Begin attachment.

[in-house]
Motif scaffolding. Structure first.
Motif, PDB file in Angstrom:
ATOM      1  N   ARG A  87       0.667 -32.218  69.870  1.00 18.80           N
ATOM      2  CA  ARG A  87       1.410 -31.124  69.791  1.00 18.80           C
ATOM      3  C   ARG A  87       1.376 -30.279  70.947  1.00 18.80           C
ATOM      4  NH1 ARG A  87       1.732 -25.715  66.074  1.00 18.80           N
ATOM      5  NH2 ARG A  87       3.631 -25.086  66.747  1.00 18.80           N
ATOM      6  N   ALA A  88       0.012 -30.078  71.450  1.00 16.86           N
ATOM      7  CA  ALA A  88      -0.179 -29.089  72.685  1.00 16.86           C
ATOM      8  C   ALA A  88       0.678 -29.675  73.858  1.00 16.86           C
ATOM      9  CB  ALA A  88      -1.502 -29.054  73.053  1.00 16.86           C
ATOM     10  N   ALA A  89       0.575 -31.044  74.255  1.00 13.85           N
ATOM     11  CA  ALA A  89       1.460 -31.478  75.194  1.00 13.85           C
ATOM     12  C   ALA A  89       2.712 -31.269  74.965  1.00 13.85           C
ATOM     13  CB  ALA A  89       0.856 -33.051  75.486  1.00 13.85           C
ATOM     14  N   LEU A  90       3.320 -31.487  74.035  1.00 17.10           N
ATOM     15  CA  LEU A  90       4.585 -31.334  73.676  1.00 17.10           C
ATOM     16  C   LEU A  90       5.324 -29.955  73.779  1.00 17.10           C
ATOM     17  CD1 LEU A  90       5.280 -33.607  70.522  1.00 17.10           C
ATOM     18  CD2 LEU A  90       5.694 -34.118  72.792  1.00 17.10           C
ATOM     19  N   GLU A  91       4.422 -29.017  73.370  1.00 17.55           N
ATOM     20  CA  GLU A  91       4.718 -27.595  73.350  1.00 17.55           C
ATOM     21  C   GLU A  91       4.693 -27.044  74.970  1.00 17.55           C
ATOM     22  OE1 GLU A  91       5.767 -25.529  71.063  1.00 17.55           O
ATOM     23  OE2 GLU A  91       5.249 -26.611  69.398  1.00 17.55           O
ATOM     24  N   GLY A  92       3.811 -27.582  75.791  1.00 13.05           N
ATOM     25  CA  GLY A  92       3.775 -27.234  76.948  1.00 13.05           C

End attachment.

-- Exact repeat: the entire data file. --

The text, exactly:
[in-house]
Motif scaffolding. Structure first.
Motif, PDB file in Angstrom:
ATOM      1  N   ARG A  87       0.667 -32.218  69.870  1.00 18.80           N
ATOM      2  CA  ARG A  87       1.410 -31.124  69.791  1.00 18.80           C
ATOM      3  C   ARG A  87       1.376 -30.279  70.947  1.00 18.80           C
ATOM      4  NH1 ARG A  87       1.732 -25.715  66.074  1.00 18.80           N
ATOM      5  NH2 ARG A  87       3.631 -25.086  66.747  1.00 18.80           N
ATOM      6  N   ALA A  88       0.012 -30.078  71.450  1.00 16.86           N
ATOM      7  CA  ALA A  88      -0.179 -29.089  72.685  1.00 16.86           C
ATOM      8  C   ALA A  88       0.678 -29.675  73.858  1.00 16.86           C
ATOM      9  CB  ALA A  88      -1.502 -29.054  73.053  1.00 16.86           C
ATOM     10  N   ALA A  89       0.575 -31.044  74.255  1.00 13.85           N
ATOM     11  CA  ALA A  89       1.460 -31.478  75.194  1.00 13.85           C
ATOM     12  C   ALA A  89       2.712 -31.269  74.965  1.00 13.85           C
ATOM     13  CB  ALA A  89       0.856 -33.051  75.486  1.00 13.85           C
ATOM     14  N   LEU A  90       3.320 -31.487  74.035  1.00 17.10           N
ATOM     15  CA  LEU A  90       4.585 -31.334  73.676  1.00 17.10           C
ATOM     16  C   LEU A  90       5.324 -29.955  73.779  1.00 17.10           C
ATOM     17  CD1 LEU A  90       5.280 -33.607  70.522  1.00 17.10           C
ATOM     18  CD2 LEU A  90       5.694 -34.118  72.792  1.00 17.10           C
ATOM     19  N   GLU A  91       4.422 -29.017  73.370  1.00 17.55           N
ATOM     20  CA  GLU A  91       4.718 -27.595  73.350  1.00 17.55           C
ATOM     21  C   GLU A  91       4.693 -27.044  74.970  1.00 17.55           C
ATOM     22  OE1 GLU A  91       5.767 -25.529  71.063  1.00 17.55           O
ATOM     23  OE2 GLU A  91       5.249 -26.611  69.398  1.00 17.55           O
ATOM     24  N   GLY A  92       3.811 -27.582  75.791  1.00 13.05           N
ATOM     25  CA  GLY A  92       3.775 -27.234  76.948  1.00 13.05           C